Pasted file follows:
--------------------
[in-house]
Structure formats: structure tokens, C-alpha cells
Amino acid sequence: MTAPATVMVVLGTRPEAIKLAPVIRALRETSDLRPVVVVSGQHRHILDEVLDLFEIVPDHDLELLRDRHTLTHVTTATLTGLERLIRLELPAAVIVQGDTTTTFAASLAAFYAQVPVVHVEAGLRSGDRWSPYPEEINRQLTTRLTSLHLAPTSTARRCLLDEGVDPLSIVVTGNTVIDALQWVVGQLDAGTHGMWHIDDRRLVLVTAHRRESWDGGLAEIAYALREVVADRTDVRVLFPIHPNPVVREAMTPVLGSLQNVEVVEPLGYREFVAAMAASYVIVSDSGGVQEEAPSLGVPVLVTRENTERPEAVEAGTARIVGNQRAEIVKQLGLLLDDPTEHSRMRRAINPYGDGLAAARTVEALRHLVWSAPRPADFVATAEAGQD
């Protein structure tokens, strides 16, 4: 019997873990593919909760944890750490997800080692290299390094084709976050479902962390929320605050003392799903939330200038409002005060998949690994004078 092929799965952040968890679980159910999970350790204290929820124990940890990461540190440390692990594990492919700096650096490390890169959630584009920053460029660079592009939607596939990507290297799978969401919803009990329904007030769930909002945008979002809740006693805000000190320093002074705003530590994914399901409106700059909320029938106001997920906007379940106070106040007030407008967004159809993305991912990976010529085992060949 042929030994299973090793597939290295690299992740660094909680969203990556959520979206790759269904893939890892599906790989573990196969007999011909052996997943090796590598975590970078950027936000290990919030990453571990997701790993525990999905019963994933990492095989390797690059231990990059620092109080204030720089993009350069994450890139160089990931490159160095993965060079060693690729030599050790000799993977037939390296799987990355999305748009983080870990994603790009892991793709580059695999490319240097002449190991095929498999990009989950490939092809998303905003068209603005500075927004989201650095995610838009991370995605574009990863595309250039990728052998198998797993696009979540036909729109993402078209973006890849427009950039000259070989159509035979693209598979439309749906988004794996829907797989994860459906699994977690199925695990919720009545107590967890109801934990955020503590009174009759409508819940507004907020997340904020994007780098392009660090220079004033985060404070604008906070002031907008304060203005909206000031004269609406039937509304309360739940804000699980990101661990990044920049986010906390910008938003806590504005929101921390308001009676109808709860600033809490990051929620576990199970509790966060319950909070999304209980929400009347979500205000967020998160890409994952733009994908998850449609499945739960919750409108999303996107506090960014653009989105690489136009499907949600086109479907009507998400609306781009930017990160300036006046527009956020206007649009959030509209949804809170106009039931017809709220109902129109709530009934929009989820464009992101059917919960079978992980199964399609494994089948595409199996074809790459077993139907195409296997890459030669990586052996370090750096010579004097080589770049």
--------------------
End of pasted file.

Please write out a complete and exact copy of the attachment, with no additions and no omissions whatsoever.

[in-house]
Structure formats: structure tokens, C-alpha cells
Amino acid sequence: MTAPATVMVVLGTRPEAIKLAPVIRALRETSDLRPVVVVSGQHRHILDEVLDLFEIVPDHDLELLRDRHTLTHVTTATLTGLERLIRLELPAAVIVQGDTTTTFAASLAAFYAQVPVVHVEAGLRSGDRWSPYPEEINRQLTTRLTSLHLAPTSTARRCLLDEGVDPLSIVVTGNTVIDALQWVVGQLDAGTHGMWHIDDRRLVLVTAHRRESWDGGLAEIAYALREVVADRTDVRVLFPIHPNPVVREAMTPVLGSLQNVEVVEPLGYREFVAAMAASYVIVSDSGGVQEEAPSLGVPVLVTRENTERPEAVEAGTARIVGNQRAEIVKQLGLLLDDPTEHSRMRRAINPYGDGLAAARTVEALRHLVWSAPRPADFVATAEAGQD
């Protein structure tokens, strides 16, 4: 019997873990593919909760944890750490997800080692290299390094084709976050479902962390929320605050003392799903939330200038409002005060998949690994004078 092929799965952040968890679980159910999970350790204290929820124990940890990461540190440390692990594990492919700096650096490390890169959630584009920053460029660079592009939607596939990507290297799978969401919803009990329904007030769930909002945008979002809740006693805000000190320093002074705003530590994914399901409106700059909320029938106001997920906007379940106070106040007030407008967004159809993305991912990976010529085992060949 042929030994299973090793597939290295690299992740660094909680969203990556959520979206790759269904893939890892599906790989573990196969007999011909052996997943090796590598975590970078950027936000290990919030990453571990997701790993525990999905019963994933990492095989390797690059231990990059620092109080204030720089993009350069994450890139160089990931490159160095993965060079060693690729030599050790000799993977037939390296799987990355999305748009983080870990994603790009892991793709580059695999490319240097002449190991095929498999990009989950490939092809998303905003068209603005500075927004989201650095995610838009991370995605574009990863595309250039990728052998198998797993696009979540036909729109993402078209973006890849427009950039000259070989159509035979693209598979439309749906988004794996829907797989994860459906699994977690199925695990919720009545107590967890109801934990955020503590009174009759409508819940507004907020997340904020994007780098392009660090220079004033985060404070604008906070002031907008304060203005909206000031004269609406039937509304309360739940804000699980990101661990990044920049986010906390910008938003806590504005929101921390308001009676109808709860600033809490990051929620576990199970509790966060319950909070999304209980929400009347979500205000967020998160890409994952733009994908998850449609499945739960919750409108999303996107506090960014653009989105690489136009499907949600086109479907009507998400609306781009930017990160300036006046527009956020206007649009959030509209949804809170106009039931017809709220109902129109709530009934929009989820464009992101059917919960079978992980199964399609494994089948595409199996074809790459077993139907195409296997890459030669990586052996370090750096010579004097080589770049």